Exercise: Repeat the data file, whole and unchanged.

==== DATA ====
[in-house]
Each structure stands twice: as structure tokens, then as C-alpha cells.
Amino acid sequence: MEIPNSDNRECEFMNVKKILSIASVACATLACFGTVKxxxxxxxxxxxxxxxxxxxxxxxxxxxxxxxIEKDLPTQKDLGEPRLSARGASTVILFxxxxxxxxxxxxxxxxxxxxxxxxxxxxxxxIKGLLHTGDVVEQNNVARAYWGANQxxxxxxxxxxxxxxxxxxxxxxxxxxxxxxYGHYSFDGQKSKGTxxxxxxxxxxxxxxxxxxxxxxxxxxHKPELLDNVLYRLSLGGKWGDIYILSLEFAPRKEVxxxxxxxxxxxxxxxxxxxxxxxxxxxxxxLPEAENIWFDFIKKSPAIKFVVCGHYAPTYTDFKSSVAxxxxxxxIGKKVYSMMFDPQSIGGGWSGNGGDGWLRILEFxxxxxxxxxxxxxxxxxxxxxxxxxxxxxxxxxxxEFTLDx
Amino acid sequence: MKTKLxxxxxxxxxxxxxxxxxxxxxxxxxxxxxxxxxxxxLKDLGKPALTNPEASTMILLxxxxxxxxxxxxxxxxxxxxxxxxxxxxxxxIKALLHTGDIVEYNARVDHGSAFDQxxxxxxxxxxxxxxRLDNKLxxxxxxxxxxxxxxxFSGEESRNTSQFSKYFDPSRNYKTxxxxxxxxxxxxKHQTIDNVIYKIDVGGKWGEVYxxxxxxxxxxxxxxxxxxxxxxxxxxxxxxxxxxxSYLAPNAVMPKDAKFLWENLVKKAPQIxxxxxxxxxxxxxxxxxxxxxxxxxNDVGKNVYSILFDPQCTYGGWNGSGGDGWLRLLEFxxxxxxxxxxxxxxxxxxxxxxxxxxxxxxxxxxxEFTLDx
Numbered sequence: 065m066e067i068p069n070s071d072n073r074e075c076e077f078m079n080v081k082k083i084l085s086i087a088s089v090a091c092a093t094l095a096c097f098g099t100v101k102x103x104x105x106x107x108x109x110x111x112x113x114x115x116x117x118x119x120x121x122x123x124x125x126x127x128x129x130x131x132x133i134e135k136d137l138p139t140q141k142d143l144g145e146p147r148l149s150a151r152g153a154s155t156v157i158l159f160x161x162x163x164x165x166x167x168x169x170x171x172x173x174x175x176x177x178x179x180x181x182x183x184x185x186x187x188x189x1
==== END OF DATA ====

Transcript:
[in-house]
Each structure stands twice: as structure tokens, then as C-alpha cells.
Amino acid sequence: MEIPNSDNRECEFMNVKKILSIASVACATLACFGTVKxxxxxxxxxxxxxxxxxxxxxxxxxxxxxxxIEKDLPTQKDLGEPRLSARGASTVILFxxxxxxxxxxxxxxxxxxxxxxxxxxxxxxxIKGLLHTGDVVEQNNVARAYWGANQxxxxxxxxxxxxxxxxxxxxxxxxxxxxxxYGHYSFDGQKSKGTxxxxxxxxxxxxxxxxxxxxxxxxxxHKPELLDNVLYRLSLGGKWGDIYILSLEFAPRKEVxxxxxxxxxxxxxxxxxxxxxxxxxxxxxxLPEAENIWFDFIKKSPAIKFVVCGHYAPTYTDFKSSVAxxxxxxxIGKKVYSMMFDPQSIGGGWSGNGGDGWLRILEFxxxxxxxxxxxxxxxxxxxxxxxxxxxxxxxxxxxEFTLDx
Amino acid sequence: MKTKLxxxxxxxxxxxxxxxxxxxxxxxxxxxxxxxxxxxxLKDLGKPALTNPEASTMILLxxxxxxxxxxxxxxxxxxxxxxxxxxxxxxxIKALLHTGDIVEYNARVDHGSAFDQxxxxxxxxxxxxxxRLDNKLxxxxxxxxxxxxxxxFSGEESRNTSQFSKYFDPSRNYKTxxxxxxxxxxxxKHQTIDNVIYKIDVGGKWGEVYxxxxxxxxxxxxxxxxxxxxxxxxxxxxxxxxxxxSYLAPNAVMPKDAKFLWENLVKKAPQIxxxxxxxxxxxxxxxxxxxxxxxxxNDVGKNVYSILFDPQCTYGGWNGSGGDGWLRLLEFxxxxxxxxxxxxxxxxxxxxxxxxxxxxxxxxxxxEFTLDx
Numbered sequence: 065m066e067i068p069n070s071d072n073r074e075c076e077f078m079n080v081k082k083i084l085s086i087a088s089v090a091c092a093t094l095a096c097f098g099t100v101k102x103x104x105x106x107x108x109x110x111x112x113x114x115x116x117x118x119x120x121x122x123x124x125x126x127x128x129x130x131x132x133i134e135k136d137l138p139t140q141k142d143l144g145e146p147r148l149s150a151r152g153a154s155t156v157i158l159f160x161x162x163x164x165x166x167x168x169x170x171x172x173x174x175x176x177x178x179x180x181x182x183x184x185x186x187x188x189x1